In the midst of a frighteningly successful domestic run, “Paranormal Activity” is about to test its appeal in international territories.
Licensed to independent distribs around the world by IM Global at last year’s American Film Market, “Paranormal” is also seeing interest in local-language remakes.
Russia, Spain and several Asian territories have already licensed or are licensing local-language remake and sequel rights.
Paramount, which distributes domestically, has worldwide rights to an English-language sequel.
With much of the interest in the low-budget thriller being scared up via U.S.-based Websites, overseas distribs are hoping B.O. results can approach the $100 million-plus that “The Blair Witch Project” grossed internationally.
On Halloween night, “Paranormal” will begin showing in the U.K. with midnight screenings to help build buzz, much like Paramount did during the first October frame in the States. Icon is planning to go wide in Blighty in mid-November.
Warners will open it the following weekend in Russia; next, Svensk takes the pic into Scandinavia on Nov. 13, Wild Bunch into Germany on Nov. 19. “Paranormal” hits Spain (On Pictures), South Korea (Korea Screen) and Latin America (Playarte) on Nov. 27, while the movie bows in Australia (Icon), France (Wild Bunch) and Italy (Filmauro) in the first December frame.
As usual, Japan will be the last major market to open, with Presidio launching the pic in April.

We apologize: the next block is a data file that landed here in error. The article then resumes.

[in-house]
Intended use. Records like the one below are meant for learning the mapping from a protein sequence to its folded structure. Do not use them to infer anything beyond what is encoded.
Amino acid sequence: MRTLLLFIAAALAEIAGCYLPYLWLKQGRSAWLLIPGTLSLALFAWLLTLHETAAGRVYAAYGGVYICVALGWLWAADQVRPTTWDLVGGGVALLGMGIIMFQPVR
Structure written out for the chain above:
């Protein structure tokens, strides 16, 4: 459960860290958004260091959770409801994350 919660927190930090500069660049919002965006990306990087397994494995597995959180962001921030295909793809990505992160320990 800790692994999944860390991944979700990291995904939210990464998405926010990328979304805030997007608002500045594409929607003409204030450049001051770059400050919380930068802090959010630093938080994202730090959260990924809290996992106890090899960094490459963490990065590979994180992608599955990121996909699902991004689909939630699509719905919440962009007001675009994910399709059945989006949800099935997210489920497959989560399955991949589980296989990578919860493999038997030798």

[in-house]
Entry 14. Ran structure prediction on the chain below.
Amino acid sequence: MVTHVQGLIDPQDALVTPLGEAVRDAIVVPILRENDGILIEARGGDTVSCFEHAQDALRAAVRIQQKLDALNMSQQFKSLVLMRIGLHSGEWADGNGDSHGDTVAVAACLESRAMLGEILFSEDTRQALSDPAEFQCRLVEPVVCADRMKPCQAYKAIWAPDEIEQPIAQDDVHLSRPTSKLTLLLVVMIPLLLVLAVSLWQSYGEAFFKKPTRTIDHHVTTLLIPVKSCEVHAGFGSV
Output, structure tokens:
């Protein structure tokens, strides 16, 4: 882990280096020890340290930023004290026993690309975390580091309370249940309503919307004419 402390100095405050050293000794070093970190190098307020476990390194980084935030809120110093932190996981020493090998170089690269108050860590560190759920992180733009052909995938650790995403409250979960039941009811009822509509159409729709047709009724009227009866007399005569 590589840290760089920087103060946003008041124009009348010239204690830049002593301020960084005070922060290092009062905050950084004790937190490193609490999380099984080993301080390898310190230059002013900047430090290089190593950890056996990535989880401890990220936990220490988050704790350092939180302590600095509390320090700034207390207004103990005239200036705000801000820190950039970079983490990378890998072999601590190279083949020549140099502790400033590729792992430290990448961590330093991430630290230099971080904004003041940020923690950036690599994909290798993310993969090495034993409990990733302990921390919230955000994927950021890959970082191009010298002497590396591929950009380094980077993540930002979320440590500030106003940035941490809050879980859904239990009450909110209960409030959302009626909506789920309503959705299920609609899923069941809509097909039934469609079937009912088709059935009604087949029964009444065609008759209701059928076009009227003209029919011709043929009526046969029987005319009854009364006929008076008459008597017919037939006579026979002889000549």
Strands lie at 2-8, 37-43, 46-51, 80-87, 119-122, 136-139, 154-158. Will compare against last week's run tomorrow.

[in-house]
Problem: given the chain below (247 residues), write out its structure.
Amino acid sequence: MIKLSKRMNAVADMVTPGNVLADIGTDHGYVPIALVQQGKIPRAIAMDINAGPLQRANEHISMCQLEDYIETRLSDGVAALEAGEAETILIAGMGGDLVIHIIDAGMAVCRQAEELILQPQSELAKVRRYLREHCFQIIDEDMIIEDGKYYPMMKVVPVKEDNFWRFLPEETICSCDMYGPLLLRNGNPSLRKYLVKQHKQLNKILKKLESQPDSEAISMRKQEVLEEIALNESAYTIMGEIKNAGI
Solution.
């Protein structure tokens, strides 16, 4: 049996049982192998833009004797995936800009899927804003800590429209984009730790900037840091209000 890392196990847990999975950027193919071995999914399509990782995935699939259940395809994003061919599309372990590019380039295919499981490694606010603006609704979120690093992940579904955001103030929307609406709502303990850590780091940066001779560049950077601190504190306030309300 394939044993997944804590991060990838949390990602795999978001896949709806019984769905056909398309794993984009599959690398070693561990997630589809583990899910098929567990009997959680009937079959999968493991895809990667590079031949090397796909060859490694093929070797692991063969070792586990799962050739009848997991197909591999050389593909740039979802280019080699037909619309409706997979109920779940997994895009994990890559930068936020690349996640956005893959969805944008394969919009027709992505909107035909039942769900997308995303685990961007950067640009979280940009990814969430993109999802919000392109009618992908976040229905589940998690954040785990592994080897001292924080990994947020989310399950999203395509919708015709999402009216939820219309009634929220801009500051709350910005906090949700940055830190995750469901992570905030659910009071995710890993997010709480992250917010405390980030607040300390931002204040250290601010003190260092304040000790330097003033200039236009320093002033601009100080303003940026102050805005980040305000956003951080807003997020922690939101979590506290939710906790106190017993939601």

The micro-budgeted “Paranormal” was sold worldwide within 48 hours at the AFM last year after the sales agent –concerned over the film’s lack of traction within Paramount at the time — showed the film to a recruited audience of 300 teenagers along with six rows of international distributors.
“It was one of those all-too-rare cases where the foreign distributors were convinced they had a hit a movie no matter what happened in the U.S.,” recalled IM Global topper Stuart Ford. “Needless to say they’re all now thrilled with what Paramount has done with the film with a terrific viral campaign. It’s a great example of how much more effective the Internet can be compared to other advertising media when a movie really captures the imagination of the online community worldwide.”
As a result of the breakout success in the U.S. — with $63.4 million in less than a month — most international markets will not require the three-week platform release that Par engineered. Ford said a week or two of midnight and word of mouth screenings will be enough for most of the distributors before accelerating into a wide local release.
Director Oren Peli and producer Jason Blum are setting off on a European and Asian publicity tour as soon as Peli’s “Area 51” — which hasn’t landed at a studio yet — wraps in a few weeks, following its shoot in Utah.
Ford believes there’s hope within the overseas community that the film can hit studio-level box office internationally while infusing cash into the independent sector.
“There’s a groundswell of good will towards the movie even amongst distributors who missed out on it,” he added. “Successes like ‘Paranormal’ generate cash and confidence that spreads throughout the independent field.”
The “Paranormal” feel-good factor could help juice AFM next week as well, where IM Global is selling worldwide rights to “Area 51.”
“It would be nice if we’re on the verge of seeing a whole Oren Peli industry take flight,” Ford said. “But for now, it’s rewarding just to see a breakout indie movie doing huge box office here and to anticipate what the film’s worldwide performance might be.”